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Article

Solid-Phase Synthesis of Fluorescent Probes for Plasma Membrane Labelling

EaStCHEM School of Chemistry, University of Edinburgh, Joseph Black Building, Edinburgh EH8 9YL, UK
*
Author to whom correspondence should be addressed.
Academic Editors: Péter Kele and Takuya Terai
Molecules 2021, 26(2), 354; https://doi.org/10.3390/molecules26020354
Received: 24 November 2020 / Revised: 7 January 2021 / Accepted: 8 January 2021 / Published: 12 January 2021
(This article belongs to the Special Issue Chemical Probe Synthesis and Applications in Chemical Biology)

Abstract

The cellular plasma membrane plays a fundamental role in biological processes, including cell growth, signaling and transport. The labelling of the plasma membrane with targeted fluorescent probes offers a convenient and non-invasive way to image the morphological changes and dynamics of a membrane in real-time and, despite many examples of fluorescent plasma membrane probes, a “universal targeting/anchoring moiety” is still required. In this study, a small number of stearic acid-based probes labelled with 6-carboxyfluorescein was designed and fabricated via solid-phase synthesis in which variations in both charge and hydrophobicity were explored. To ease the synthesis process, a gram-scale synthesis of the Fmoc-Lys(6-carboxyfluoresein diacetate)-OH building block was developed, allowing the discovery of optimal probes that carried a positively charged amino group and a stearic acid tail that exhibited intense plasma membrane brightness and robust retention.
Keywords: solid-phase synthesis; cell membrane staining; fluorescent probe solid-phase synthesis; cell membrane staining; fluorescent probe

1. Introduction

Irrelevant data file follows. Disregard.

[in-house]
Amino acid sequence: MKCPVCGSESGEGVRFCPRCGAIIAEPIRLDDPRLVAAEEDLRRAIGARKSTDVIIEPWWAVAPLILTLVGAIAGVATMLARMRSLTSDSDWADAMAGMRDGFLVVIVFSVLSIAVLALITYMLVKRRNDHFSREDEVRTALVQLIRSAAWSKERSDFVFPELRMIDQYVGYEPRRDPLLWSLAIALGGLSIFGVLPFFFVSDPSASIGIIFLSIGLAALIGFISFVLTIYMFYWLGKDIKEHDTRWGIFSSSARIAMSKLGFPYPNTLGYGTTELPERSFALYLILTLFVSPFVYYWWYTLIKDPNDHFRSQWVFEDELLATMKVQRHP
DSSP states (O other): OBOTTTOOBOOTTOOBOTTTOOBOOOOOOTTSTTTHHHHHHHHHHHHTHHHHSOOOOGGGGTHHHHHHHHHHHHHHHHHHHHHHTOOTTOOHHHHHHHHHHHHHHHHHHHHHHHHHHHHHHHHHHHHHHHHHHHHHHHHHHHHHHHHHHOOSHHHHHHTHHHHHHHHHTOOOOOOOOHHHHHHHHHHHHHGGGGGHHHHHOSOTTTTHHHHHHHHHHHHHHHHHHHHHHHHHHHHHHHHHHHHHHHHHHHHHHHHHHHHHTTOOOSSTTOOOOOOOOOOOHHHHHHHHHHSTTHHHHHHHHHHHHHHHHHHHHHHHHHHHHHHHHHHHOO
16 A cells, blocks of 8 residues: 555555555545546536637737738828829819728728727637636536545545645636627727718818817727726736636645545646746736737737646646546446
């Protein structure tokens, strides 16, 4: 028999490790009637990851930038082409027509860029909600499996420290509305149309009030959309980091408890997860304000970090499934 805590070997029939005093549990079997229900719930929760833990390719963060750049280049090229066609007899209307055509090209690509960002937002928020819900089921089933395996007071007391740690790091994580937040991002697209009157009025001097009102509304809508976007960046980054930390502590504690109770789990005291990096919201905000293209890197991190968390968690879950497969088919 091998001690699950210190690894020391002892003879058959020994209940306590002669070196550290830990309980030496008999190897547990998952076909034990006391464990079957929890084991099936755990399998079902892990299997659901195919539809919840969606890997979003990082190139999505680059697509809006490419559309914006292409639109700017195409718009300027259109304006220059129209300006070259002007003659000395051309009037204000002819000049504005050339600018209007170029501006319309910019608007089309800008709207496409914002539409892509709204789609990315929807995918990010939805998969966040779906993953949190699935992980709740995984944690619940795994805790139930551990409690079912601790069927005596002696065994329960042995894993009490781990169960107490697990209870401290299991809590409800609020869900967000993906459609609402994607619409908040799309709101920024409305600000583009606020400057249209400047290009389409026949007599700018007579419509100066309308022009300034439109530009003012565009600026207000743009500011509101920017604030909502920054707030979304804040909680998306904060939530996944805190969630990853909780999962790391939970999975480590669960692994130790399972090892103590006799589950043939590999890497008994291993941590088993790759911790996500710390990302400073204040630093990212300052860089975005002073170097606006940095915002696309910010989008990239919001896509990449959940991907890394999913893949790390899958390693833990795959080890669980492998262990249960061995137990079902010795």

Fluorescent imaging of various cellular systems and components enables the detailed analysis of cellular behaviour and modulation. Amongst these is the plasma membrane, which provides both a natural barrier and a door for communicating with the extracellular environment. Imaging the cell membrane while monitoring its dynamics by fluorescent probes offers a non-invasive, highly sensitive and semi-quantitative mean of exploring and unravelling various cellular processes and cell signaling pathways. A variety of fluorescent probes targeting the plasma membrane exist, with an efficient membrane anchoring moiety typically needed to achieve robust and stable membrane labelling. The cellular membrane can be targeted by probes that interact with a variety of moieties, and this includes membrane glycoproteins (e.g., wheat germ agglutinin-based lectin probes) [1] or antibody-linked fluorophores that recognise specific cell-surface markers [2]. Probes that interact with the cell surface via hydrophobic and/or electrostatic interactions are commonly used, including the long-chain (C-18) dialkylcarbocyanine dye (DiR, 1,1′-dioctadecyl-3,3,3′,3′-tetramethylindotricarbocyanine iodide) [3], though poor water solubility can limit its application. Cholesterol [4] and phospholipid [5] conjugates are good candidates for the plasma membrane, targeting natural lipids and interacting and entering the membrane phospholipid bilayer via hydrophobic interactions. Additionally, many plasma membrane probes rely on electrostatic interactions that promote prolonged membrane staining, with the choice of charged moiety varying between probes. The outer leaflet of a cell surface is rich in negatively charged groups due to sialic acid-rich glycoproteins and phospholipids [6], and the incorporation of positive-charged moieties can help to drive anchoring efficiency. Thus, the commercial lipophilic membrane dye DiR and fluorescent styryl pyridinium dyes, e.g., FM1-43 (N-(3-triethylammoniumpropyl)-4-(4-(dibutylamino) styryl) pyridinium dibromide [7,8]) are all positively charged at physiological pH. Similarly, the conjugation of a quaternary ammonium group onto the hydrophobic dye Nile Red produces an efficient cell membrane stain, which remains attached on/in the cell membrane for over 90 min [9].